Welcome and enjoy the 42nd installment of my lectures on Tolkien and Lewis!
In his famous essay “On Fairy Stories” Tolkien insisted that fairy stories hold up a mirror of scorn and pity to man. This being so, I recall an evening some time ago when I spent a few tortured and tortuous hours in the presence of Gollum himself – not the literal Gollum, of course, which would have been a little scary, but the mirror of Gollum reflected in an old friend of mine.
Part five of my podcast series “Literature: What Every Catholic Should Know”, which is based upon my book of the same title. Visit EveryCatholic.org/Literature to learn more.
What have Picasso and Jackson Pollock in common with The Joker? More than you might think.
I’ve received an e-mail from requesting my views on Jean Raspail’s controversial novel, The Camp of the Saints. The text of the e-mail is below. My response follows.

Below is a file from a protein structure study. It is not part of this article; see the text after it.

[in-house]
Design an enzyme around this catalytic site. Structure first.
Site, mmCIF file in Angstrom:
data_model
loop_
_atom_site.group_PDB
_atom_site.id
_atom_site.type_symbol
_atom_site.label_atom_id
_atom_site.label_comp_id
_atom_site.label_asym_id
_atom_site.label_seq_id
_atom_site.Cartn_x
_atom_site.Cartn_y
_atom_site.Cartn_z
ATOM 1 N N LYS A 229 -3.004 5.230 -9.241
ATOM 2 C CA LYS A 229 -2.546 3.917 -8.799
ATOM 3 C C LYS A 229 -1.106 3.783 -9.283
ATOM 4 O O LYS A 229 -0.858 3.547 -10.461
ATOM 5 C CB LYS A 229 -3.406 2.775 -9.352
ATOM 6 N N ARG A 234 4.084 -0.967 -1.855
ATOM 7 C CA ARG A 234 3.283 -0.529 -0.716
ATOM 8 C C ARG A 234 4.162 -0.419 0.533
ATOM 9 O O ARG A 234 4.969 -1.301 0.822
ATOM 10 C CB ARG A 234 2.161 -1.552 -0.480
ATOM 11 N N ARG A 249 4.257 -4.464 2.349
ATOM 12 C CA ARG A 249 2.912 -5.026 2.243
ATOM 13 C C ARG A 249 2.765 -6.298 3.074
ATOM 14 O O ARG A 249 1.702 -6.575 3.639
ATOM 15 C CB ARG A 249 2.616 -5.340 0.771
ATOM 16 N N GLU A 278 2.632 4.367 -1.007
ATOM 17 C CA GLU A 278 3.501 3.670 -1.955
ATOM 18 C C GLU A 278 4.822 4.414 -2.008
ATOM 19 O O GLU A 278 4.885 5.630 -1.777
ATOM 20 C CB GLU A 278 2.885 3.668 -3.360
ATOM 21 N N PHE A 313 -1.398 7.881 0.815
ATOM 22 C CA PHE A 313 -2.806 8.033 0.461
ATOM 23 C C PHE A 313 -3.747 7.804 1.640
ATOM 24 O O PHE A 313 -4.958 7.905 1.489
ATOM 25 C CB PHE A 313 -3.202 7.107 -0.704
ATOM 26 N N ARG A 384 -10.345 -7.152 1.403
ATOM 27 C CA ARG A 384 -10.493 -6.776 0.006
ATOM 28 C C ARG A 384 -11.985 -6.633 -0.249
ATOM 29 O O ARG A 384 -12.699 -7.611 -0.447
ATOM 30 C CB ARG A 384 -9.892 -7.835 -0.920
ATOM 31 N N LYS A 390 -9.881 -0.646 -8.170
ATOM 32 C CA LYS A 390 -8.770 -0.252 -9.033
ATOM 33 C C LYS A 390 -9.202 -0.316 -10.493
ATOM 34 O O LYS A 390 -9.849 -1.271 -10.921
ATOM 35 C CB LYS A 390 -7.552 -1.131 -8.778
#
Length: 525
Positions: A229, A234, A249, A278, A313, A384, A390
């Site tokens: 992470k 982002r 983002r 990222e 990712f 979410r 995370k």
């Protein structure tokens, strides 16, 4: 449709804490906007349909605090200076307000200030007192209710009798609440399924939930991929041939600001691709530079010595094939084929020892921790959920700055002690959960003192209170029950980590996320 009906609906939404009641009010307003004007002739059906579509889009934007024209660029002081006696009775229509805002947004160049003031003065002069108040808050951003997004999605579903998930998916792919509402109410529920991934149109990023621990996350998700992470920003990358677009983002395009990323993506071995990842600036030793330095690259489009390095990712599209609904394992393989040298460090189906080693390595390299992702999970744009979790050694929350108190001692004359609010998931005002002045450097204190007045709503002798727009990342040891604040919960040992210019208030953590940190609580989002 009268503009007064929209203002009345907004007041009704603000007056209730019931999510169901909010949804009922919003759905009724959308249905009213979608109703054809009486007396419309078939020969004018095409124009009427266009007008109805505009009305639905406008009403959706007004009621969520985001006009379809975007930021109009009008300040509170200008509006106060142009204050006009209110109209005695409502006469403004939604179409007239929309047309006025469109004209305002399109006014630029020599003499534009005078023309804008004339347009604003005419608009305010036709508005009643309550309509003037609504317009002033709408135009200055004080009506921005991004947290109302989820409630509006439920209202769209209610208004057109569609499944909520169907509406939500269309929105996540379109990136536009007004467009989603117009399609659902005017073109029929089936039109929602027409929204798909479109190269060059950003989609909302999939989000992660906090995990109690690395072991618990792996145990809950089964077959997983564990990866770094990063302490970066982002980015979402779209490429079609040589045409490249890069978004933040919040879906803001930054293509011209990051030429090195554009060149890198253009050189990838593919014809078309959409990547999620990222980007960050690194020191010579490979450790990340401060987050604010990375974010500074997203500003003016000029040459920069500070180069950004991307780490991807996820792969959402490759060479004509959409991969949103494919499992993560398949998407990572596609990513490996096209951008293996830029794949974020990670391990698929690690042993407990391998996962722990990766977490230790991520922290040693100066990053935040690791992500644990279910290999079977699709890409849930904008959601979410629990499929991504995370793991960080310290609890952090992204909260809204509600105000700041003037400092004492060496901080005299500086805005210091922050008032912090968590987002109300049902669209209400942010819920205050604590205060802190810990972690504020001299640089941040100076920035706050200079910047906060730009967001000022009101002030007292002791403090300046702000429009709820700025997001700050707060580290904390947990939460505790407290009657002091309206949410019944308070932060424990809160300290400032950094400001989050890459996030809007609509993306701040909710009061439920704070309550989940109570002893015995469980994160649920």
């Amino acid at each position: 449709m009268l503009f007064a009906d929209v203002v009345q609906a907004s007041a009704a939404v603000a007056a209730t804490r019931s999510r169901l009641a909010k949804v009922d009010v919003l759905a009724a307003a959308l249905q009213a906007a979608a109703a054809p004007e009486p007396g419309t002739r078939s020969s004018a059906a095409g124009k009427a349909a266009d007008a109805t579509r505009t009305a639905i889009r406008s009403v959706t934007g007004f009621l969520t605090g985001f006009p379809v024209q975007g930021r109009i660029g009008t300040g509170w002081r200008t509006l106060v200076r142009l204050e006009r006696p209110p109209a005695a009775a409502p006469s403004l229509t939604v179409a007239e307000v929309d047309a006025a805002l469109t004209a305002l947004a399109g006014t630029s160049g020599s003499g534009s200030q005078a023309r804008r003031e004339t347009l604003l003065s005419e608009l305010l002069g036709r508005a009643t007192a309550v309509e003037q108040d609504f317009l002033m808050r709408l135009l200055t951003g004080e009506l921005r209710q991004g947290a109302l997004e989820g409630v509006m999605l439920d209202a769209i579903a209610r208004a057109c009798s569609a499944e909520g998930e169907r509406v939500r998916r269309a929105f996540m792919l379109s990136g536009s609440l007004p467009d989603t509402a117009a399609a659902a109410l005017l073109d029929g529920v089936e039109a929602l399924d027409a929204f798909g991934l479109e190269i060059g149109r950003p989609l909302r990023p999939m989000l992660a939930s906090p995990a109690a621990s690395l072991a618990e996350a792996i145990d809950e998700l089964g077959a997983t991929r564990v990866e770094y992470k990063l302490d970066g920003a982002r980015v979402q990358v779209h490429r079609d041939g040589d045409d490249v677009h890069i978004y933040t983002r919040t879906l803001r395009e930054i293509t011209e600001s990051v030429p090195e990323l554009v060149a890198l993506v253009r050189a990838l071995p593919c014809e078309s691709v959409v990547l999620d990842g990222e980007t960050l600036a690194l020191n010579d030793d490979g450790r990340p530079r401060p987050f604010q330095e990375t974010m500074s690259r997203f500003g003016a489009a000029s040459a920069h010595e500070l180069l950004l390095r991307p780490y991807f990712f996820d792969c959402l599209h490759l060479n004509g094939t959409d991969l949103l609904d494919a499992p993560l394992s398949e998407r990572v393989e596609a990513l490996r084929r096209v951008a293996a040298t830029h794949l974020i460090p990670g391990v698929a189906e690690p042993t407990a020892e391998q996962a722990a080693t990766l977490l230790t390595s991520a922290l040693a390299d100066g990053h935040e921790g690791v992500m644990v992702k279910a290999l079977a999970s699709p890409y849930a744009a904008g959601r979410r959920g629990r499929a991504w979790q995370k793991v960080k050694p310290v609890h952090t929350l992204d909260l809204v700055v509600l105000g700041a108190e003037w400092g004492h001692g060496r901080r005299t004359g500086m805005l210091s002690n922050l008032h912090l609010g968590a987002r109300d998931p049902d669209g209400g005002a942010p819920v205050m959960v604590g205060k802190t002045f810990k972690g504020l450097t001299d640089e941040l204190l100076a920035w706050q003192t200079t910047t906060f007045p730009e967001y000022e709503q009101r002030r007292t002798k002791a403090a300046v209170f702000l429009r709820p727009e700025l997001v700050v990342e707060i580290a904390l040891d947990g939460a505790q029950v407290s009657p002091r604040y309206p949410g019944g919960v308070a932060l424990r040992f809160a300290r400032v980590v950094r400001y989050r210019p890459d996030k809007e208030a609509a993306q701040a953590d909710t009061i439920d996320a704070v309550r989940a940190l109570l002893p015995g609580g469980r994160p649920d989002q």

I’ve been home for a week since the conclusion of my last period of travel, which included speaking at the Chesterton Conference in Kansas City and a week in Denver with the Augustine Institute, during which I headed to nearby Colorado Springs to speak to the local chapter of Legatus, the Catholic business owners’ organization.
Did it die? Can we hope for a resurrection? Is it sleeping? Are there signs of its awakening?
Is it possible to summarize the Catholic dimension of The Lord of the Rings in fewer than 600 words? You better believe it!
As the new school year begins, here are my thoughts on what constitutes a good education:
Welcome and enjoy the 41st installment of my lectures on Tolkien and Lewis!